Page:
Ex-umpire: US Open umpire Carlos Ramos 'thrown under bus'

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As Osaka received her trophy after beating Serena Williams in straight sets in the women's singles final, the crowd at Arthur Ashe Stadium actually started booing.

The United States Tennis Association (USTA) also supported Williams' claims, while Billie Jean King, founder of the WTA and victor of 12 grand slam singles titles, told CNN Tuesday that though Williams was "out of line", Ramos had aggravated the situation.

Strycova stands as one of the first players on the circuit to publicly criticise Williams for her behaviour at flushing meadows, and the Czech also threw her support behind Ramos who she believes acted out of necessity. Will rules change in Serena's matches?

'I have definitely been thinking about if little kids were watching and they wanted to play tennis too, ' she said.

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Williams' claims of sexism were backed by the governing body of women's tennis, the Women's Tennis Association (WTA), whose chief executive said the umpire had shown the 36-year-old a different level of tolerance than if she had been a man.

The American was given three code violations for: on-court coaching, smashing her racket and verbally abusing umpire Carlos Ramos, all of which resulted in her receiving a $17,000 (£13,000) fine. I have never cheated in my life!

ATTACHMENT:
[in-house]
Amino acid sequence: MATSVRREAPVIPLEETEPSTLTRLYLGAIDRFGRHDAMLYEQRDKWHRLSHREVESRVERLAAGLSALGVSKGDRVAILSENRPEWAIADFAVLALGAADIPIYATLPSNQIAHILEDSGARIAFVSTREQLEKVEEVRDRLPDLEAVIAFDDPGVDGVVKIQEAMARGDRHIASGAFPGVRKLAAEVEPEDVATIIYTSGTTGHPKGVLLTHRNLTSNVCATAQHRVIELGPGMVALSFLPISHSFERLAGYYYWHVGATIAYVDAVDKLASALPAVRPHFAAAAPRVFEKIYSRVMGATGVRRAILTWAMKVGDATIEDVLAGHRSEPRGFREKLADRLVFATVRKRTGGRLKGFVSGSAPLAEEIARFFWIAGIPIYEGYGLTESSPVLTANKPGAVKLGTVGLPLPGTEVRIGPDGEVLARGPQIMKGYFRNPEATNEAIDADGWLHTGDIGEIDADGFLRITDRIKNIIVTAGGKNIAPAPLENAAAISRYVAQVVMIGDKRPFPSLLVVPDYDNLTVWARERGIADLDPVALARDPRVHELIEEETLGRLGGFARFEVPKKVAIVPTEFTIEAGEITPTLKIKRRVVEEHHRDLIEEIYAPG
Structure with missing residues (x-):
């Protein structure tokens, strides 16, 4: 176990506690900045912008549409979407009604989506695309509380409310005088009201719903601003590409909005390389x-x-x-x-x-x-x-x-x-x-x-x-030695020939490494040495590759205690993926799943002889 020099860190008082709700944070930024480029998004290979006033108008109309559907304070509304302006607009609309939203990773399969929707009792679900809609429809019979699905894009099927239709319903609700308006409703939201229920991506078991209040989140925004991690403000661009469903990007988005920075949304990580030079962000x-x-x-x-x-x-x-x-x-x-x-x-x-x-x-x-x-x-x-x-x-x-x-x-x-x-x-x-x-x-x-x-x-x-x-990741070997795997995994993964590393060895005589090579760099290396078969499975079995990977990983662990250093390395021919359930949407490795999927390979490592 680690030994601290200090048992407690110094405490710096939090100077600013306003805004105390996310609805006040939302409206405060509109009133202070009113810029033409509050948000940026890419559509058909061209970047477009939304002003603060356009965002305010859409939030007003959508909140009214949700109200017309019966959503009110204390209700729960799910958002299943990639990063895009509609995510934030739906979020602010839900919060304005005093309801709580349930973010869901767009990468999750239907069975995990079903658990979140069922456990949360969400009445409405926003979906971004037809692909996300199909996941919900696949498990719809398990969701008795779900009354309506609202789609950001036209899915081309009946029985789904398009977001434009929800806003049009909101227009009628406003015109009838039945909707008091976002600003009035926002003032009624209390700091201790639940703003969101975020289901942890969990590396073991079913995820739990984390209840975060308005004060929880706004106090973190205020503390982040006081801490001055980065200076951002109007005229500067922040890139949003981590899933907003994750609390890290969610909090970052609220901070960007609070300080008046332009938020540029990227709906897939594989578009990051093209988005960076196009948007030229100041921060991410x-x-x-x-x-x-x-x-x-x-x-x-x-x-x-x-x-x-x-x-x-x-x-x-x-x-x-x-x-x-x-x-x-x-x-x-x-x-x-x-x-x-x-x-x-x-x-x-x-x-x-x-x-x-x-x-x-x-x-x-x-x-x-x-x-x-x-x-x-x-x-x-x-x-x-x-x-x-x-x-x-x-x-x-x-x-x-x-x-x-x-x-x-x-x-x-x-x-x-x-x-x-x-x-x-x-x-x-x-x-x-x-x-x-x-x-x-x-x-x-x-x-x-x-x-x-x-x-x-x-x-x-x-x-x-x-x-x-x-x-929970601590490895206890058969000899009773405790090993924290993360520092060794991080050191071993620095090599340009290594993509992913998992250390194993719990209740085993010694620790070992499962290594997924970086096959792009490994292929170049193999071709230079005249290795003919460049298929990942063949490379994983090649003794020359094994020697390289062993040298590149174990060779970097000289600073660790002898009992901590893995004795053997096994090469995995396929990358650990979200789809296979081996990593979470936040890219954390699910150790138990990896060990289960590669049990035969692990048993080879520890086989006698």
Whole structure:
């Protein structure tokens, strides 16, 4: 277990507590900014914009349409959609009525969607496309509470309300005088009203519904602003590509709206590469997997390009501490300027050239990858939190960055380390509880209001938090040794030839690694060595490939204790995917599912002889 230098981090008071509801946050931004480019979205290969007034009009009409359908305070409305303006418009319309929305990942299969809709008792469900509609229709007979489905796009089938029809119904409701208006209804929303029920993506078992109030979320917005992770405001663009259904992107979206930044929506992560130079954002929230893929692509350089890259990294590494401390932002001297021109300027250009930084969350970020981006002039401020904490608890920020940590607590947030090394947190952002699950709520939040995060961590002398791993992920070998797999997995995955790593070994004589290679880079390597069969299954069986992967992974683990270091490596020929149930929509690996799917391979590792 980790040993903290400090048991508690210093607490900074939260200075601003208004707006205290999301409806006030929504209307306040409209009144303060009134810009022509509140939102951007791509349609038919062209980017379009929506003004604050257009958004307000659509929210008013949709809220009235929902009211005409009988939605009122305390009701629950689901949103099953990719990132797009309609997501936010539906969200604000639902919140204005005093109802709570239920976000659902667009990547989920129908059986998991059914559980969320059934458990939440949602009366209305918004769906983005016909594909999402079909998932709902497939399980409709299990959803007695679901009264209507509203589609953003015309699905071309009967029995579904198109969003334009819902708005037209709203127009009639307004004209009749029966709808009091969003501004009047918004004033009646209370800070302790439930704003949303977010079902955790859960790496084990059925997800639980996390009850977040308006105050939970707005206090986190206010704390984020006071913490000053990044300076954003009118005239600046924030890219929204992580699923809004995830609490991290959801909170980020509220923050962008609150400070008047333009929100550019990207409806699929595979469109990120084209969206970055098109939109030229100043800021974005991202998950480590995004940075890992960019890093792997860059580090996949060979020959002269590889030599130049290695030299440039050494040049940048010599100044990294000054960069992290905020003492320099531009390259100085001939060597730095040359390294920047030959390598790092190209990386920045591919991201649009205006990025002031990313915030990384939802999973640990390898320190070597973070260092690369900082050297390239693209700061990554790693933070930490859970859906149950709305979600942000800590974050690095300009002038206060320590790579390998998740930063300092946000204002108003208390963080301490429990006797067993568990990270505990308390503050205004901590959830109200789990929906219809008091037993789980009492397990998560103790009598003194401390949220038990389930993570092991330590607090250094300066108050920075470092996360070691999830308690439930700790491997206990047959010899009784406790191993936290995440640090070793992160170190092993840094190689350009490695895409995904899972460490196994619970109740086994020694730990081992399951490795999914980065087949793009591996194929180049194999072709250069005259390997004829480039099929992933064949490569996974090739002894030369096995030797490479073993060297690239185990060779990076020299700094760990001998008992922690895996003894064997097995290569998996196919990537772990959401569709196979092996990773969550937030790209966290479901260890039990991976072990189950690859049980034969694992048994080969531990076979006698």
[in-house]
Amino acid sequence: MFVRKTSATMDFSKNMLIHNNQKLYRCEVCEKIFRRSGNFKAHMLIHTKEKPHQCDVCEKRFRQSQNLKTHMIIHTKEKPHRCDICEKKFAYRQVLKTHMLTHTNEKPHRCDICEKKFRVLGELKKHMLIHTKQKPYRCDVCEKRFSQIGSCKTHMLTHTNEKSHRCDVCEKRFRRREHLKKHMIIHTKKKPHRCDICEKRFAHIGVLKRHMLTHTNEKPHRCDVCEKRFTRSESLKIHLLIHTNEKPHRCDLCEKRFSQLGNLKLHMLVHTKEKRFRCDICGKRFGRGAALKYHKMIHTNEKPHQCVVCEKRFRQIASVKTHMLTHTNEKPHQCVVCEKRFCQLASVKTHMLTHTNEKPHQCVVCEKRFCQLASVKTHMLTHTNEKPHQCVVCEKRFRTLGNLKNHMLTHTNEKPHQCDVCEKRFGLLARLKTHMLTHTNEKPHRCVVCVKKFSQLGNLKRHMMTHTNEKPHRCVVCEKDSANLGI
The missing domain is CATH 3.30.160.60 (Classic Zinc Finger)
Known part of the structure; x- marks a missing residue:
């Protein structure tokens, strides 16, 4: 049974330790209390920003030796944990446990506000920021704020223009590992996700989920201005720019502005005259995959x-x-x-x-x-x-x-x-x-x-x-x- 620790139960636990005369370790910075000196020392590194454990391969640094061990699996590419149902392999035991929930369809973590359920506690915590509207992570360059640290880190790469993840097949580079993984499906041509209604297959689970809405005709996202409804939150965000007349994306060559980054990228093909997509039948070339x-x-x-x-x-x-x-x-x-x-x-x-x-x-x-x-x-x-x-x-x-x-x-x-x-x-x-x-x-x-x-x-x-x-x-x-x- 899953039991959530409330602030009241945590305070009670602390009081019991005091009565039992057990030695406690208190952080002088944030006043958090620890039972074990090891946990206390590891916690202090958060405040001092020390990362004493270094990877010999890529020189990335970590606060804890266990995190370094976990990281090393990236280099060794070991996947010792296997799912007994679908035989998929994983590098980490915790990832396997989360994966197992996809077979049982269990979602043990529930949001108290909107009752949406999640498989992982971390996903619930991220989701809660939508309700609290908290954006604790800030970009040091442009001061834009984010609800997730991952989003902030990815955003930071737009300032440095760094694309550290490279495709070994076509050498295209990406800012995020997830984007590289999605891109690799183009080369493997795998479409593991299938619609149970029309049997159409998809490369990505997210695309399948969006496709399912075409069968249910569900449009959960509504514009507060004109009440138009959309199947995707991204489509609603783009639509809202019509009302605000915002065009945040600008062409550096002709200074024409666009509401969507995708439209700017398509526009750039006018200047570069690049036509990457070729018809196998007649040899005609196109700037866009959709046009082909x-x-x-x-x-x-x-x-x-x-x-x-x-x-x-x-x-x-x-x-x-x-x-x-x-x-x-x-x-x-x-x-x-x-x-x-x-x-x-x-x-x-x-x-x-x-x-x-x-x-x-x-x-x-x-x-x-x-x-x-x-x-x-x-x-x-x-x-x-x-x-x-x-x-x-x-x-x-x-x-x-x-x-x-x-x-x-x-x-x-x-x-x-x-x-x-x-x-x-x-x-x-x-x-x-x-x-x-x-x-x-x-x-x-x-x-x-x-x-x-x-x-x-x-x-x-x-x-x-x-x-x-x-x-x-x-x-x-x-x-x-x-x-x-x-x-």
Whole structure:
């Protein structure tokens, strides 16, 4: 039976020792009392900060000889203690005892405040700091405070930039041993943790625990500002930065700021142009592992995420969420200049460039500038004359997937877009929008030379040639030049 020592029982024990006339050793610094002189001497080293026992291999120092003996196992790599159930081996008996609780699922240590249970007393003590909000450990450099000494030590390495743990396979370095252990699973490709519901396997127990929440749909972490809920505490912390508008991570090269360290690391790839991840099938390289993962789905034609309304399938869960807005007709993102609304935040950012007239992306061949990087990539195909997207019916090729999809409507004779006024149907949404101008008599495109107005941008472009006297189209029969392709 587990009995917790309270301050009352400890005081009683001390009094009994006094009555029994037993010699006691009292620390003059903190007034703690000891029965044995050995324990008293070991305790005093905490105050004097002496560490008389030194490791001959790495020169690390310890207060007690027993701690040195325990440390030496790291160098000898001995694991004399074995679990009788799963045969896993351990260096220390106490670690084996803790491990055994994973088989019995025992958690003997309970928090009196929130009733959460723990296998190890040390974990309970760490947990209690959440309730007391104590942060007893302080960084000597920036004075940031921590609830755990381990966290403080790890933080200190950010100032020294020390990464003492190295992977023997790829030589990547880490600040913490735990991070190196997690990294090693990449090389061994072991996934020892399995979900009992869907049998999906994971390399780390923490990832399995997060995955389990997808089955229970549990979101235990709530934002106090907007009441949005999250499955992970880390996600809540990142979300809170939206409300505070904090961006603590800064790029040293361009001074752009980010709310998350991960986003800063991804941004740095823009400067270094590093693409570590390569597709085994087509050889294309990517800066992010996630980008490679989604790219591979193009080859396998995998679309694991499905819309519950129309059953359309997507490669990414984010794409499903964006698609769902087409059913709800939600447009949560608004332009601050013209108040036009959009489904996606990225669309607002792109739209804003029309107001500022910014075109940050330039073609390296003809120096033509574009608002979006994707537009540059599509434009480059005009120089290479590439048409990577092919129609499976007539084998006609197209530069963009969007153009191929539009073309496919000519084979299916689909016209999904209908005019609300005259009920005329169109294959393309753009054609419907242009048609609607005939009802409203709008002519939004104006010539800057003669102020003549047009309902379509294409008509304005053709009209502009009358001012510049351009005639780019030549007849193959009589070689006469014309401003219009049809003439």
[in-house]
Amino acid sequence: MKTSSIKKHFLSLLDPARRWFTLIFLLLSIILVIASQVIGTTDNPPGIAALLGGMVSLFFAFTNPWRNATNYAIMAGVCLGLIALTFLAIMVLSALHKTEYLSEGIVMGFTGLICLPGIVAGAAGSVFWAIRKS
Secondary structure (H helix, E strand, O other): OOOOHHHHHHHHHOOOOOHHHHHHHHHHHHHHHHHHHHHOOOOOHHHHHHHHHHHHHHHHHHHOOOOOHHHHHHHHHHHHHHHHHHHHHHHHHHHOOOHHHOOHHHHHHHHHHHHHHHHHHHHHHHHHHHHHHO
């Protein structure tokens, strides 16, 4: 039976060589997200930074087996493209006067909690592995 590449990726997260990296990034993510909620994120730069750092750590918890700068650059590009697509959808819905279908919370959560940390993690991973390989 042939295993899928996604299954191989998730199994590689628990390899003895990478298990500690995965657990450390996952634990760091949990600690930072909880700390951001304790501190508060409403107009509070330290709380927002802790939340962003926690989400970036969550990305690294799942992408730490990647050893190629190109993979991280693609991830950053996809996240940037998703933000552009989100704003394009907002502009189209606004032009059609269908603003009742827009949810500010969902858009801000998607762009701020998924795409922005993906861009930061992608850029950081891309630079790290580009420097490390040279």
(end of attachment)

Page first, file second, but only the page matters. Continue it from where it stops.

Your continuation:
She also called Ramos a "thief" for taking a point from her.

But it seems as she had been preparing for the moment for a long time.

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That anger would later cost her the game, and ultimately the match - although Osaka was clearly the better player on the night and would've probably taken out the match regardless. "I'm here fighting for women's rights and for women's equality and for all kinds of stuff". And for me to say "thief" and for him to take a game?

Adams noted that Ramos was "following the code", but added that a "soft" warning for coaching could have averted the blowup over something that happens frequently on the men's and women's sides. "I think it's a matter of having a conversation with the two guys and saying let's cut it out, let's slow it down, and then perhaps not understanding how they can have the same conversation with the females".

"For me, I don't feel sad because I wouldn't even know what I'm expected to feel", she said.

One of the most controversial Grand Slam finals of all time divided tennis and triggered a debate about sexism in the sport, fuelled by Williams's assertion that Ramos would not have dealt with a male player in the same way.

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